Archives for category: Infrastructure

Uhuru and Ruto wrote in the Jubilee Manifesto that they plan to establish a development Bank to “prop up the private players”. Although nobody is talking about it, and although we have no idea if that will happen anytime soon, this could be a huge deal for the future of Kenya. What is a development bank? And is it a good or a bad idea for Kenya?

A traditional definition of a development bank is one which is a national or regional financial institution designed to provide medium-and long-term capital for productive investment, often accompanied by technical assistance, in less-developed areas. Development banks fill a gap left by undeveloped capital markets and the reluctance of commercial banks to offer long-term financing. [full “primer on development banking” here]

We have to keep in mind is that UhuRuto provided no details about how a development bank fits into their grand scheme for economic development in Kenya. For example, we don’t know if the objective is to promote small businesses (like the informal sector or SMEs), whether they want to finance large infrastructural projects, agriculture or large manufacturing industries.  However, the sure thing is that whenever the plan is to increase the government role in the economy, you attract both huge praise and criticism:  that’s the difference between the “industrial policy view” and the “political view”

According to the industrial policy view, development banks do more than just lending to build large infrastructure projects. They also lend to companies that would not undertake projects if it was not for the availability of long-term, subsidized funding of a development bank. Furthermore, development banks may provide firms with capital conditional on operational improvements and performance targets. In such circumstances, we would expect to see the firms who borrow from development banks increasing capital investments and overall profitability after they get a loan.

According to the political view, on the other hand, lending by development banks leads to misallocation of credit for two reasons. First, development banks tend to bailout companies that would otherwise fail (this is the soft-budget constraint hypothesis, e.g. Kornai, 1979). Second, the rent-seeking hypothesis argues that politicians create and maintain state-owned banks not to channel funds to socially efficient uses, but rather to maximize their personal objectives or engage in patronage deals with politically-connected industrialists.

So, whether a development bank is a good idea or not for Kenya entirely depends on your opinion on the current political class: will they be committed-to-development or good-old rent-seekers? For now I want to keep on the optimist side.

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Probably not, the New Structural Economics won’t make it as far as becoming a new consensus in development economics. But the debate triggered by the Chief Economist of the World Bank  Justin Yifu Lin is an interesting one.

The NSE is basically a milder version of economic structuralism, an approach from the ’60s and ’70s that entailed strong state interventions in the economy, import-substitution and protection of domestic industries. The “New Structural Economics” makes a step closer to the  “Washington Consensus”  as it believes that markets are the best mechanism for allocating resources. At the same time, however, it says that governments must play a central role in facilitating industrial upgrading and structural change -not in all sectors of the economy, but only in those where the country has a comparative advantage. In other words, governments must “follow” markets, not “lead” them wherever they hope to succeed.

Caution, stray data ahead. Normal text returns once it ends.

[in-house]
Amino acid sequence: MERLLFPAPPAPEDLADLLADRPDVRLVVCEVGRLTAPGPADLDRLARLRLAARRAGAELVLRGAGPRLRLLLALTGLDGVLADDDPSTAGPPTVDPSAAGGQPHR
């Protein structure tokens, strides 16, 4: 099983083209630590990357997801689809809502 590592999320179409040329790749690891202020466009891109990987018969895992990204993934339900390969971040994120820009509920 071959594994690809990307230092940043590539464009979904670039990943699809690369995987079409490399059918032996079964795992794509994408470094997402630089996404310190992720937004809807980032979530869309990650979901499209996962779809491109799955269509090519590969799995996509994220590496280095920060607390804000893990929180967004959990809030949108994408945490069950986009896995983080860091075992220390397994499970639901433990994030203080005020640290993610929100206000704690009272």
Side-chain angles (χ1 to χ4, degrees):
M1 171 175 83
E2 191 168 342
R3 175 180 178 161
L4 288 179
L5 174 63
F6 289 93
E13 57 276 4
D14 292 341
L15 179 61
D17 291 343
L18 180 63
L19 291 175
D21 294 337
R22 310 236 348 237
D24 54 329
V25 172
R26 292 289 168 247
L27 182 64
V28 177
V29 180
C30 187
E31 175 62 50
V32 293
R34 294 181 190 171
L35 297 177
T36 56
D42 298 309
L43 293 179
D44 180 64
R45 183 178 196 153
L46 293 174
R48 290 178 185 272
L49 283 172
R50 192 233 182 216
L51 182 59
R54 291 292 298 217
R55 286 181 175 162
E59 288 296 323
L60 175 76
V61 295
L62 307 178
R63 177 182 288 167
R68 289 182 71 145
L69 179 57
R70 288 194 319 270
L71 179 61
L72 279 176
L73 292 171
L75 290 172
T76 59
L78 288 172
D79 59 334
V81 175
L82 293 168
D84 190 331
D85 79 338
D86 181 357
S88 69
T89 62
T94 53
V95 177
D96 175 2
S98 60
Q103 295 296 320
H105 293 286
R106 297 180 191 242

Lin summarizes the principles of NSE in three points (the ungated older version of the paper is here):

First, an economy’s structure of factor endowments evolves from one level of development to another. Therefore, the optimal industrial structure of a given economy will be different at different levels of development. Each industrial structure requires corresponding infrastructure (both “hard” and “soft”) to facilitate its operations and transactions.

Second, each level of economic development is a point along the continuum from a low-income agrarian economy to a high-income industrialized economy, not a dichotomy of two economic development levels (“poor” versus “rich” or “developing” versus “industrialized”). Industrial upgrading and infrastructure improvement targets in developing countries should not necessarily draw from those that exist in high-income countries.

Third, at each given level of development, the market is the basic mechanism for effective resource allocation. However, economic development as a dynamic process requires industrial upgrading and corresponding improvements in “hard” and “soft” infrastructure at each level. Such upgrading entails large externalities to firms’ transaction costs and returns to capital investment. Thus, in addition to an effective market mechanism, the government should play an active role in facilitating industrial upgrading and infrastructure improvements.

This topic hasn’t “trickled down” yet from academic circles to the blogosphere (or did I miss something?) but several thought-leaders have commented on the issue.

Dani Rodrik, for example, agrees with most arguments but criticizes the idea of following strictly the comparative advantage:

Lin doesn’t want governments to employ “conventional” import substitution strategies to build capital-intensive industries which “are not consistent with the country’s comparative advantage.” But isn’t building industries that defy comparative advantage what Japan and South Korea did, in their time? Isn’t it what China has been doing, and quite successfully, for some time now? According to my calculations, the export bundle of China is that of a country between three and six times richer. If China, with its huge surplus of agricultural labor, were to specialize in the type of products that its factor endowments recommend, would it now be exporting the advanced products that it is?

Anne Krueger criticizes Lin’s excessive focus on industrial expansion for development: